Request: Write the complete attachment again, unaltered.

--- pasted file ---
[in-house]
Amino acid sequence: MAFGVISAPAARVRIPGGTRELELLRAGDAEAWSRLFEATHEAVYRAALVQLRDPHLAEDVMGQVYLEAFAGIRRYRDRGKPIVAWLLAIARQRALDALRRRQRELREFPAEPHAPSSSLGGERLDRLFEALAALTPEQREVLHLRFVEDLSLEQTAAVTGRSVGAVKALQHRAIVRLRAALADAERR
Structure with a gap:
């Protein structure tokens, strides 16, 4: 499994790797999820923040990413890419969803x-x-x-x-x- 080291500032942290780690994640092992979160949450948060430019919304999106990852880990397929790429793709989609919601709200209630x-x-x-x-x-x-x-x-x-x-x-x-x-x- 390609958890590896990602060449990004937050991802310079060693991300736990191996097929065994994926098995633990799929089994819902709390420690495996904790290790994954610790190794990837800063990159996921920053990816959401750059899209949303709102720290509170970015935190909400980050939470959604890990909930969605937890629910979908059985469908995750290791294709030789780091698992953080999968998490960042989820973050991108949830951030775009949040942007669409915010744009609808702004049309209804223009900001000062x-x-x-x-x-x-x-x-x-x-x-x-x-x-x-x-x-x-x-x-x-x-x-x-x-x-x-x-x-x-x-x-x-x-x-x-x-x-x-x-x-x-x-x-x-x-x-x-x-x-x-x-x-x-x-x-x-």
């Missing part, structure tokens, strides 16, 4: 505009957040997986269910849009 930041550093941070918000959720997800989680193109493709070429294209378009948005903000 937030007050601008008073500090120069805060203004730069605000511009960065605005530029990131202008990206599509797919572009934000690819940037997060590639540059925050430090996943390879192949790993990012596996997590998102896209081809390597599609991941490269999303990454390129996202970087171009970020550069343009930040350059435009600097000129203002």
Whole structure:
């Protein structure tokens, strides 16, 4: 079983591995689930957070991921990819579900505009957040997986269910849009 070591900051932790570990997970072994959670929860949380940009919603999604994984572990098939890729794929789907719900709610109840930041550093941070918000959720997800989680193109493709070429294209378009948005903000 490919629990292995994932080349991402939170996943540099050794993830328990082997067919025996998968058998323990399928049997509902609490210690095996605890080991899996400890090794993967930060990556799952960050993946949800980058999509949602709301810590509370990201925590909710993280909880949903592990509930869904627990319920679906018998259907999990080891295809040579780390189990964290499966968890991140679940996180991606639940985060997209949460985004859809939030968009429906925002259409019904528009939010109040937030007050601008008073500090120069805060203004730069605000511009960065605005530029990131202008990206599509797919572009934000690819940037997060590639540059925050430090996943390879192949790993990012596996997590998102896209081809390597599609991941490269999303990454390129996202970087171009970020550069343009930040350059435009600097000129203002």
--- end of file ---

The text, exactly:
[in-house]
Amino acid sequence: MAFGVISAPAARVRIPGGTRELELLRAGDAEAWSRLFEATHEAVYRAALVQLRDPHLAEDVMGQVYLEAFAGIRRYRDRGKPIVAWLLAIARQRALDALRRRQRELREFPAEPHAPSSSLGGERLDRLFEALAALTPEQREVLHLRFVEDLSLEQTAAVTGRSVGAVKALQHRAIVRLRAALADAERR
Structure with a gap:
């Protein structure tokens, strides 16, 4: 499994790797999820923040990413890419969803x-x-x-x-x- 080291500032942290780690994640092992979160949450948060430019919304999106990852880990397929790429793709989609919601709200209630x-x-x-x-x-x-x-x-x-x-x-x-x-x- 390609958890590896990602060449990004937050991802310079060693991300736990191996097929065994994926098995633990799929089994819902709390420690495996904790290790994954610790190794990837800063990159996921920053990816959401750059899209949303709102720290509170970015935190909400980050939470959604890990909930969605937890629910979908059985469908995750290791294709030789780091698992953080999968998490960042989820973050991108949830951030775009949040942007669409915010744009609808702004049309209804223009900001000062x-x-x-x-x-x-x-x-x-x-x-x-x-x-x-x-x-x-x-x-x-x-x-x-x-x-x-x-x-x-x-x-x-x-x-x-x-x-x-x-x-x-x-x-x-x-x-x-x-x-x-x-x-x-x-x-x-």
């Missing part, structure tokens, strides 16, 4: 505009957040997986269910849009 930041550093941070918000959720997800989680193109493709070429294209378009948005903000 937030007050601008008073500090120069805060203004730069605000511009960065605005530029990131202008990206599509797919572009934000690819940037997060590639540059925050430090996943390879192949790993990012596996997590998102896209081809390597599609991941490269999303990454390129996202970087171009970020550069343009930040350059435009600097000129203002």
Whole structure:
């Protein structure tokens, strides 16, 4: 079983591995689930957070991921990819579900505009957040997986269910849009 070591900051932790570990997970072994959670929860949380940009919603999604994984572990098939890729794929789907719900709610109840930041550093941070918000959720997800989680193109493709070429294209378009948005903000 490919629990292995994932080349991402939170996943540099050794993830328990082997067919025996998968058998323990399928049997509902609490210690095996605890080991899996400890090794993967930060990556799952960050993946949800980058999509949602709301810590509370990201925590909710993280909880949903592990509930869904627990319920679906018998259907999990080891295809040579780390189990964290499966968890991140679940996180991606639940985060997209949460985004859809939030968009429906925002259409019904528009939010109040937030007050601008008073500090120069805060203004730069605000511009960065605005530029990131202008990206599509797919572009934000690819940037997060590639540059925050430090996943390879192949790993990012596996997590998102896209081809390597599609991941490269999303990454390129996202970087171009970020550069343009930040350059435009600097000129203002």